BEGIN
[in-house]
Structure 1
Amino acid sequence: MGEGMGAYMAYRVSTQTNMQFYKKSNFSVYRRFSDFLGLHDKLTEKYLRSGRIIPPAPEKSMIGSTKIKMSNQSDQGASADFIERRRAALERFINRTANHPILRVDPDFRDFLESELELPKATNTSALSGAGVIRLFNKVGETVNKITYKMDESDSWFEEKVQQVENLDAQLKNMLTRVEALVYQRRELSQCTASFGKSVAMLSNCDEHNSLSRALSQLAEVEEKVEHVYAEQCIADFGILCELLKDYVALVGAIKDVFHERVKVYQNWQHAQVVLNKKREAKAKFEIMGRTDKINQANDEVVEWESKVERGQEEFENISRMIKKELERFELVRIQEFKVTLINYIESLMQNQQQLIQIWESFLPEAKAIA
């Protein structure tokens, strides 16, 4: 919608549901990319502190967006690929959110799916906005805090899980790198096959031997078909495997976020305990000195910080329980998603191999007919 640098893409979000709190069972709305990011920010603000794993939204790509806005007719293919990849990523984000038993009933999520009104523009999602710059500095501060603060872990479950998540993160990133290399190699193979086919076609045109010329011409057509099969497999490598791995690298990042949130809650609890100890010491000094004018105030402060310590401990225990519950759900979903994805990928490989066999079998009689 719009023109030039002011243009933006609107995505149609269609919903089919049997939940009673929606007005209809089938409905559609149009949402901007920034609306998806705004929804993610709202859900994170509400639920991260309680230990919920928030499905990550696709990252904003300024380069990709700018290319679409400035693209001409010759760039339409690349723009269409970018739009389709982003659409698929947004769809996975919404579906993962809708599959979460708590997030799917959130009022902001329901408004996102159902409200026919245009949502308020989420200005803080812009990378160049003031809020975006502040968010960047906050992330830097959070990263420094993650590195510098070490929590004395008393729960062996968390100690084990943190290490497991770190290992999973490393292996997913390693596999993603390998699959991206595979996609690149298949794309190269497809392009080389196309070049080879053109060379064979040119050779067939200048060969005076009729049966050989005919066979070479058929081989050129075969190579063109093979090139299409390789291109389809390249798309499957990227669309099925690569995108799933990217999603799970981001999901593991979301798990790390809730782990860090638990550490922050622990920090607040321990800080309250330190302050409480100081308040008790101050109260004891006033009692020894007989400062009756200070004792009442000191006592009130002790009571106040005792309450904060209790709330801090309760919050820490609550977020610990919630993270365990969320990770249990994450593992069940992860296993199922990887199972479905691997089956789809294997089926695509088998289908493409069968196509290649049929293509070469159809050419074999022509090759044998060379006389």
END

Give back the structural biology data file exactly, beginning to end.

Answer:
[in-house]
Structure 1
Amino acid sequence: MGEGMGAYMAYRVSTQTNMQFYKKSNFSVYRRFSDFLGLHDKLTEKYLRSGRIIPPAPEKSMIGSTKIKMSNQSDQGASADFIERRRAALERFINRTANHPILRVDPDFRDFLESELELPKATNTSALSGAGVIRLFNKVGETVNKITYKMDESDSWFEEKVQQVENLDAQLKNMLTRVEALVYQRRELSQCTASFGKSVAMLSNCDEHNSLSRALSQLAEVEEKVEHVYAEQCIADFGILCELLKDYVALVGAIKDVFHERVKVYQNWQHAQVVLNKKREAKAKFEIMGRTDKINQANDEVVEWESKVERGQEEFENISRMIKKELERFELVRIQEFKVTLINYIESLMQNQQQLIQIWESFLPEAKAIA
């Protein structure tokens, strides 16, 4: 919608549901990319502190967006690929959110799916906005805090899980790198096959031997078909495997976020305990000195910080329980998603191999007919 640098893409979000709190069972709305990011920010603000794993939204790509806005007719293919990849990523984000038993009933999520009104523009999602710059500095501060603060872990479950998540993160990133290399190699193979086919076609045109010329011409057509099969497999490598791995690298990042949130809650609890100890010491000094004018105030402060310590401990225990519950759900979903994805990928490989066999079998009689 719009023109030039002011243009933006609107995505149609269609919903089919049997939940009673929606007005209809089938409905559609149009949402901007920034609306998806705004929804993610709202859900994170509400639920991260309680230990919920928030499905990550696709990252904003300024380069990709700018290319679409400035693209001409010759760039339409690349723009269409970018739009389709982003659409698929947004769809996975919404579906993962809708599959979460708590997030799917959130009022902001329901408004996102159902409200026919245009949502308020989420200005803080812009990378160049003031809020975006502040968010960047906050992330830097959070990263420094993650590195510098070490929590004395008393729960062996968390100690084990943190290490497991770190290992999973490393292996997913390693596999993603390998699959991206595979996609690149298949794309190269497809392009080389196309070049080879053109060379064979040119050779067939200048060969005076009729049966050989005919066979070479058929081989050129075969190579063109093979090139299409390789291109389809390249798309499957990227669309099925690569995108799933990217999603799970981001999901593991979301798990790390809730782990860090638990550490922050622990920090607040321990800080309250330190302050409480100081308040008790101050109260004891006033009692020894007989400062009756200070004792009442000191006592009130002790009571106040005792309450904060209790709330801090309760919050820490609550977020610990919630993270365990969320990770249990994450593992069940992860296993199922990887199972479905691997089956789809294997089926695509088998289908493409069968196509290649049929293509070469159809050419074999022509090759044998060379006389």